Chaman blast and implications
On the day when neighbouring war-torn Afghanistan showed resilience and observed a by and large peaceful election despite glaring Taliban threats, militants struck in the border town of Chaman in Balochistan and killed senior leader of the Jamiat Ulema-i-Islam-Fazal (JUI-F) Maulana Mohammad Hanif and two others. The explosion, detonated with remote control in the main bazaar of Chaman, also left 11 other people injured. The police say the blast aimed at the life of Maulana Hanif, an influential cleric of the town and deputy general secretary of the JUI-F. On the appeal of the party, a partial shutdown was observed across the province to mourn the death of their leader. So far, no group or organisation has come forward claiming responsibility for the attack. Frontier Corps and police personnel are also clueless about the culprits. The death of the maulana also attracted widespread condemnation from politicians from both the treasury and the opposition benches of Balochistan assembly.
Balochistan has been in the news for target killing in recent days. In last month, in Kuchlak, two prayer leaders were killed, and of them one turned to be the brother of Afghan Taliban chief Haibatullah Akhundzada. The other deceased was also an Afghan citizen and had been the imam of the mosque for many years. Though no word has come from the security forces regarding the killing of those Afghan leaders in Balochistan, it is widely believed the attacks were the outcome of the internal fighting in the Taliban ranks. Those days, Afghan Taliban were negotiating a peace deal with the US in Doha, which has met a tragic end. The JUI-F has never been a known player in Taliban related affairs. Their rival, the late Maulan Samiul Haq, however, was known as the father of the Taliban. So, apparently it is hard to relate Maulana Hanif’s death with Taliban affairs. The fact already established, in the wake of the killings in Kuchlak, is that Taliban elements are present in the province. Their presence will keep creating multiple security challenges to the writ of the government and local populations, such as the Shia Hazara.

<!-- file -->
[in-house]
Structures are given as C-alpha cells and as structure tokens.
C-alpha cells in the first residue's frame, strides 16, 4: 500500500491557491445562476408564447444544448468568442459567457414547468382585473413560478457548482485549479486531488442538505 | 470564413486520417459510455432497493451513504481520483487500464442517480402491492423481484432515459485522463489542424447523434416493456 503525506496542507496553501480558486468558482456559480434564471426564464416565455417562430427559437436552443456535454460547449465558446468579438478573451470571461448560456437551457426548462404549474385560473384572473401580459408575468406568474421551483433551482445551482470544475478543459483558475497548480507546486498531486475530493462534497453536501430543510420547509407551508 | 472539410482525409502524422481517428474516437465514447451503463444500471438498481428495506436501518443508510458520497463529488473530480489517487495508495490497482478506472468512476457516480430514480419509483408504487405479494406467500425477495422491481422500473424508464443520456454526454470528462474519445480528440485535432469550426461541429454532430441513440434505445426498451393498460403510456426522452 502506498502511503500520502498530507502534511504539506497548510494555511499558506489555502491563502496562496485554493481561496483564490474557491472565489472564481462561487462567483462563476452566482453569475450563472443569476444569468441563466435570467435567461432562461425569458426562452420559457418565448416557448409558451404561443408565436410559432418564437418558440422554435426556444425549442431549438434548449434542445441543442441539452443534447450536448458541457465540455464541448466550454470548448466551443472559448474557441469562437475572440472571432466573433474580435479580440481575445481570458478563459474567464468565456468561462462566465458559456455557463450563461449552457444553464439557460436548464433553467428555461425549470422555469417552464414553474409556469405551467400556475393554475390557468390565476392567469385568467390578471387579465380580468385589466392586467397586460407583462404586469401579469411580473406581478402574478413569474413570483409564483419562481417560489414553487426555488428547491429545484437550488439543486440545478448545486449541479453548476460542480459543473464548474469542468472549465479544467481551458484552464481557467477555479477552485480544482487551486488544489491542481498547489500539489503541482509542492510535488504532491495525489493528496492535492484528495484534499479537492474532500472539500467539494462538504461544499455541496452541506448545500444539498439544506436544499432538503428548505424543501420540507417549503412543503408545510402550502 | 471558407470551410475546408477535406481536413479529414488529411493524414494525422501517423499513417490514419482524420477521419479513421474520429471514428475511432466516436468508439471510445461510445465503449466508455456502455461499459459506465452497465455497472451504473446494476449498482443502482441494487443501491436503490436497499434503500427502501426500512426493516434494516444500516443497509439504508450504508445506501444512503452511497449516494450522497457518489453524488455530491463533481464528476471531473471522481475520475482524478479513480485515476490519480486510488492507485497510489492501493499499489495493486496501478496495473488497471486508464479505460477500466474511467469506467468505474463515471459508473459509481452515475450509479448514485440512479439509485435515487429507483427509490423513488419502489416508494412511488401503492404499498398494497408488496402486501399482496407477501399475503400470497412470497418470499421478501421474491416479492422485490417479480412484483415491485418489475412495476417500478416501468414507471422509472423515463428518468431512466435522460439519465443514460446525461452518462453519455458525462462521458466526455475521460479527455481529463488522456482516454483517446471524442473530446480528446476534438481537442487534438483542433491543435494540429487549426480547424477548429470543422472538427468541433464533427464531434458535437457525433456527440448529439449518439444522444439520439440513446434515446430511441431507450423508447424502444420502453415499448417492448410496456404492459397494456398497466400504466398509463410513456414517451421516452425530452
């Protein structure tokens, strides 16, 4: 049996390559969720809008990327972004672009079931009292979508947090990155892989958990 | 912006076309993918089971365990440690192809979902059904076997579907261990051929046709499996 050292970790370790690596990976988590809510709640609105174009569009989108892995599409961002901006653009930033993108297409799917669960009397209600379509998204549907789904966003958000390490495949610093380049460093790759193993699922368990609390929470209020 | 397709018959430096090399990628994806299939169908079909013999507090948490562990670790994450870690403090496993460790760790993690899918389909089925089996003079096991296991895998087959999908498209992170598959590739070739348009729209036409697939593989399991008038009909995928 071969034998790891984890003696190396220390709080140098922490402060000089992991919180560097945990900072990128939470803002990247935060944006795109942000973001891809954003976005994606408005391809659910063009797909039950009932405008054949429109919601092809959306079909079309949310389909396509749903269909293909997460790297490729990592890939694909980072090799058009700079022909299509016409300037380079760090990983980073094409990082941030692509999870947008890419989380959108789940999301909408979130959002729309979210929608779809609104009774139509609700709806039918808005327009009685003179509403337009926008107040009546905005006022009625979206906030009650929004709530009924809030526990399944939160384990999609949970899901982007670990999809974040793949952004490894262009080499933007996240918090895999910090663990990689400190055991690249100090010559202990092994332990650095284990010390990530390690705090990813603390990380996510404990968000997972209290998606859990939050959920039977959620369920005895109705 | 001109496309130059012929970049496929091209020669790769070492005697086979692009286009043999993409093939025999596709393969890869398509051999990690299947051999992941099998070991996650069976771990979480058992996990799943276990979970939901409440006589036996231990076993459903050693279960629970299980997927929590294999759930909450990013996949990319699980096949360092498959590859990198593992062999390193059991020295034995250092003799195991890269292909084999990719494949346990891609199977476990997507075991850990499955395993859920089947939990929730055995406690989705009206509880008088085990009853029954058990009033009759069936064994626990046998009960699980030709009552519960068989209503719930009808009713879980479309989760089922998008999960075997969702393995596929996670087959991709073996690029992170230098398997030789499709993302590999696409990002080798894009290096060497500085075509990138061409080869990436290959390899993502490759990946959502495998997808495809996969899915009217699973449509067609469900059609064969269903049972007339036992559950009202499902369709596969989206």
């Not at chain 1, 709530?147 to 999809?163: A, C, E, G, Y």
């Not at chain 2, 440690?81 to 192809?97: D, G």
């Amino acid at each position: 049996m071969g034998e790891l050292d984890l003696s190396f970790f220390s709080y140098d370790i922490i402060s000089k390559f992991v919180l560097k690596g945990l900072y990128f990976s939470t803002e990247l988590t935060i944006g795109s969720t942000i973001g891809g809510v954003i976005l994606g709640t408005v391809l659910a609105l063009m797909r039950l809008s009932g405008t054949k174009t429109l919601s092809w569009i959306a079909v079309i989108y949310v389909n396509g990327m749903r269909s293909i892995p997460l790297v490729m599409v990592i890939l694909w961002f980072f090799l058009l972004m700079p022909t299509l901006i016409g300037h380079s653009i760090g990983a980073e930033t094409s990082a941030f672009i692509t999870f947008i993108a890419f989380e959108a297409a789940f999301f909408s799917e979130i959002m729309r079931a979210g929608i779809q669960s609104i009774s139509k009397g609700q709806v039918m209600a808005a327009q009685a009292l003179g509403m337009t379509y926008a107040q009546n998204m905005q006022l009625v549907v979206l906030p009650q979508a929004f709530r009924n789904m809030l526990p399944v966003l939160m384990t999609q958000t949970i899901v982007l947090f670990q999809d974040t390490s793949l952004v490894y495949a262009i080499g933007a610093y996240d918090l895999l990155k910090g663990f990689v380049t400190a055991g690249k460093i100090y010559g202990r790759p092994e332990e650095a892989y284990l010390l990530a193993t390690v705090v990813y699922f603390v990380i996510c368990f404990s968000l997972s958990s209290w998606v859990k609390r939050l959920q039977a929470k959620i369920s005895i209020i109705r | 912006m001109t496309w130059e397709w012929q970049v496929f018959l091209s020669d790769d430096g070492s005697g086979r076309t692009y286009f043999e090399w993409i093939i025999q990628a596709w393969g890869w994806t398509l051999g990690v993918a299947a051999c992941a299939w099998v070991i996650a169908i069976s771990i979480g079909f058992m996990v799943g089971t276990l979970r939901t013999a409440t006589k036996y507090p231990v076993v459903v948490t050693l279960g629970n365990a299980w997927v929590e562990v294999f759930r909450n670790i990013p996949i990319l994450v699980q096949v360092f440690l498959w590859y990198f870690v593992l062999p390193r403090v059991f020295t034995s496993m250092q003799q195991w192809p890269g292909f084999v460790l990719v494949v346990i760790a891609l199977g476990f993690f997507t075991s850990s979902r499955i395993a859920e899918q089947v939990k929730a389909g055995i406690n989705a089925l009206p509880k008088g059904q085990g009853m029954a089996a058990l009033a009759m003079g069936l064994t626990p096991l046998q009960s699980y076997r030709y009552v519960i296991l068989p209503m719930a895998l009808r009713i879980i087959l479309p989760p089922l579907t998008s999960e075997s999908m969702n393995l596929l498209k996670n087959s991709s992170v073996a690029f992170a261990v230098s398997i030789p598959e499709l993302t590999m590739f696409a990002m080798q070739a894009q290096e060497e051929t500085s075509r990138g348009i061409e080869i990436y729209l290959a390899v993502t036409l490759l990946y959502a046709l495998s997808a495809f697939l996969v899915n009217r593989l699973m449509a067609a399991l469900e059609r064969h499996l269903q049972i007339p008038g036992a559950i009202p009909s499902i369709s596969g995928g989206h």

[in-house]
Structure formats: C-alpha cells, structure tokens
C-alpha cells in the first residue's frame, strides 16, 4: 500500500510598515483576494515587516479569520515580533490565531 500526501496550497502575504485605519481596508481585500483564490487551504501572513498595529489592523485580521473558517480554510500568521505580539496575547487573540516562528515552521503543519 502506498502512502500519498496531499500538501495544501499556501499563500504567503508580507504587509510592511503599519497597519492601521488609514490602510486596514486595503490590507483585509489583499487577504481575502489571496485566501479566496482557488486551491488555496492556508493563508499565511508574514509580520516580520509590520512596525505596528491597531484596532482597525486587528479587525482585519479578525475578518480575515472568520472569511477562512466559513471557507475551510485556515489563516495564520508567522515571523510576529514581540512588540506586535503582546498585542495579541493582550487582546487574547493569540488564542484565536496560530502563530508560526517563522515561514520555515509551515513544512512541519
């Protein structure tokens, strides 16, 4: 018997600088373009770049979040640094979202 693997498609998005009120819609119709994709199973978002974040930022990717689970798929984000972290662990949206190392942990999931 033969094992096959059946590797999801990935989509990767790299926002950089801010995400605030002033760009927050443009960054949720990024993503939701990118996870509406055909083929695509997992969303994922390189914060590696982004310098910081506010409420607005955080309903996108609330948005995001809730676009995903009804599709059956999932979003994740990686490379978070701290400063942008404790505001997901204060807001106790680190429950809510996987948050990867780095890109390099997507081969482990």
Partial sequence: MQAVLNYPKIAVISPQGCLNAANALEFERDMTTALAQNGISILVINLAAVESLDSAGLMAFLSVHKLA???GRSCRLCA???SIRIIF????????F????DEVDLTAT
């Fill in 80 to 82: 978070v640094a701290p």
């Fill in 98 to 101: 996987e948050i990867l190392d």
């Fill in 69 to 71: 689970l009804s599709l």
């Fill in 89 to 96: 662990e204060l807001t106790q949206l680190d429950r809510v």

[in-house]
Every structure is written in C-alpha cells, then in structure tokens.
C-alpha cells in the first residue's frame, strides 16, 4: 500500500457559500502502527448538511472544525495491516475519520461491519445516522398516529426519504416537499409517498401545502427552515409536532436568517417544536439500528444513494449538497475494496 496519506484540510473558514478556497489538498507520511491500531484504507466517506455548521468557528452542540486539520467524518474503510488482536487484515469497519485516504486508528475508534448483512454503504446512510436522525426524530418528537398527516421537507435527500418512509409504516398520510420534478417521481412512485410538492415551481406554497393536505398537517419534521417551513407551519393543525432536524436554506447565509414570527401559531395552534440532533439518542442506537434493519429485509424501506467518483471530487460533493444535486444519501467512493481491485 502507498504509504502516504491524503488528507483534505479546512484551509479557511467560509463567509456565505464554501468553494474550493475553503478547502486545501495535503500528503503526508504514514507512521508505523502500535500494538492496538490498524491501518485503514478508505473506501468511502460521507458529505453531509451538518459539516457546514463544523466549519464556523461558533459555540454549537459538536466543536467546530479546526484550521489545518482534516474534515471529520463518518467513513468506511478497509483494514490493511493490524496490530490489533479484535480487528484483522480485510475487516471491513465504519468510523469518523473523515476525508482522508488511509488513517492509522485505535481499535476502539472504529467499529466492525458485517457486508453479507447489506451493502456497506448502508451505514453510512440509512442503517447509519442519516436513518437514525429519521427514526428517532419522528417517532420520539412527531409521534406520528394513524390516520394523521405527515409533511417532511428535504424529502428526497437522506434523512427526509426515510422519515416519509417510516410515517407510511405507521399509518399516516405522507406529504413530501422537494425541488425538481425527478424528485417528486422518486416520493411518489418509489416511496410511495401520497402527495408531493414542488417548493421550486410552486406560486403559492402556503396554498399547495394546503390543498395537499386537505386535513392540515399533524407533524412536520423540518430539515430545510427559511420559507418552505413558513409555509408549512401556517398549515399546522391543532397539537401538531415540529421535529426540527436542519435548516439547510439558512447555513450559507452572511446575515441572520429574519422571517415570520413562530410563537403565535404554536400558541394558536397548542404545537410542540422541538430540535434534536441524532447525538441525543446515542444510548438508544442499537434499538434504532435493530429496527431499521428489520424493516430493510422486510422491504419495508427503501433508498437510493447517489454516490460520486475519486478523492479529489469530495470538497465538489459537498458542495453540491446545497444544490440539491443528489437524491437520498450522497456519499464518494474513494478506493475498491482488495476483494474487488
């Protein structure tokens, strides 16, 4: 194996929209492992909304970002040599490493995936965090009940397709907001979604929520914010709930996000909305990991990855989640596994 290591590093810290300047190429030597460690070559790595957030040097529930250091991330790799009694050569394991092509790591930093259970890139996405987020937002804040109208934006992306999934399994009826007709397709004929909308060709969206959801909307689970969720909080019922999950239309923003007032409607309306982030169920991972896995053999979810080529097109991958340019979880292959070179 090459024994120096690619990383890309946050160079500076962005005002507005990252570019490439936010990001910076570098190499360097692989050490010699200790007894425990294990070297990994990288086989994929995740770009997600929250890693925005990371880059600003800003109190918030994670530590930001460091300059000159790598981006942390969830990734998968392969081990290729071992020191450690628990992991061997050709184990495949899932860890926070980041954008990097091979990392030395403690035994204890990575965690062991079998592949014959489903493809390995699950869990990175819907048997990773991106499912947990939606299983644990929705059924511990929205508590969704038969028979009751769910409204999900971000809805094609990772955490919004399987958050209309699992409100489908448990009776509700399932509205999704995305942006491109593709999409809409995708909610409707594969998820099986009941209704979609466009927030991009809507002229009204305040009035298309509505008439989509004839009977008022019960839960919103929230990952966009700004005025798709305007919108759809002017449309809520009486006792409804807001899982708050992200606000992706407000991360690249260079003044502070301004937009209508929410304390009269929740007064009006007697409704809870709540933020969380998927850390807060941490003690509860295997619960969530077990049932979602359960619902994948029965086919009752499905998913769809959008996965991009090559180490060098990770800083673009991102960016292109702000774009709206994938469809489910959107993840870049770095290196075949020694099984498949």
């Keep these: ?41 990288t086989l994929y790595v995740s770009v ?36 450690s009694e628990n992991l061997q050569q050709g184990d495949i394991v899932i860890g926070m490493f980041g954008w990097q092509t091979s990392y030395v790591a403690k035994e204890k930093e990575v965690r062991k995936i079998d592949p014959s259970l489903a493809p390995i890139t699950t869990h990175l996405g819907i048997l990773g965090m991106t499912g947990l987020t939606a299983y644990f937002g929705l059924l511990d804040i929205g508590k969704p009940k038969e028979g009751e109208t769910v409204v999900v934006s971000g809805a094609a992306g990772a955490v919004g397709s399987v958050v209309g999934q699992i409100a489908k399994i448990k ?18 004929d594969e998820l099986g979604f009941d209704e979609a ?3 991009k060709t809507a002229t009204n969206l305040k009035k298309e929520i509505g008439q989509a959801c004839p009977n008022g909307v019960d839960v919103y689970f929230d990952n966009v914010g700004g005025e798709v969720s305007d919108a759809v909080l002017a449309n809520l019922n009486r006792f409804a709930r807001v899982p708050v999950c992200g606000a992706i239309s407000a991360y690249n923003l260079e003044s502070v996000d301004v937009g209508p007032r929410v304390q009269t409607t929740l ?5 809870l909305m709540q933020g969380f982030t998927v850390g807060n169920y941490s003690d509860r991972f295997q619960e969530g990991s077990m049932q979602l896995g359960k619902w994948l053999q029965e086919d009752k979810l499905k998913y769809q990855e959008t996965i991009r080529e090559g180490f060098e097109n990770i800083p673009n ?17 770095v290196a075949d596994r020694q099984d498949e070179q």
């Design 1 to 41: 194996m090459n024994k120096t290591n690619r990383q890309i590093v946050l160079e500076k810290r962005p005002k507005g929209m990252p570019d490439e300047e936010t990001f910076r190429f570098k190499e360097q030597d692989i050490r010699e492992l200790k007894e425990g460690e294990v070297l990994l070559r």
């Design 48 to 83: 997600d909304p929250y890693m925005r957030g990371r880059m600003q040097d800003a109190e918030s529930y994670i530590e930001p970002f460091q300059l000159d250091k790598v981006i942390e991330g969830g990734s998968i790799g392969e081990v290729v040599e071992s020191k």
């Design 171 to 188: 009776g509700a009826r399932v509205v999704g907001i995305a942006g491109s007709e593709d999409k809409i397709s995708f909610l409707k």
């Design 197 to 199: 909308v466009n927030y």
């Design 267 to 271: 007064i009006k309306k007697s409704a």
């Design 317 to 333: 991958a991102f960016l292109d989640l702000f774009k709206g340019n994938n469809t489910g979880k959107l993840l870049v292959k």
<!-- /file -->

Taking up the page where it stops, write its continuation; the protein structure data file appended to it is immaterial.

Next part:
The occasional resurgence of militants points to the reality of the presence active cells of militants in Balochistan. The conduct of the JUI-F in the wake of its leader’s killing is very mature as it has not blamed any quarters unless some irrefutable proof is found. The party is in the middle of preparation for its political battles in Islamabad. Keeping crime and politics apart is the sign of political maturity. *
Justice in honour killing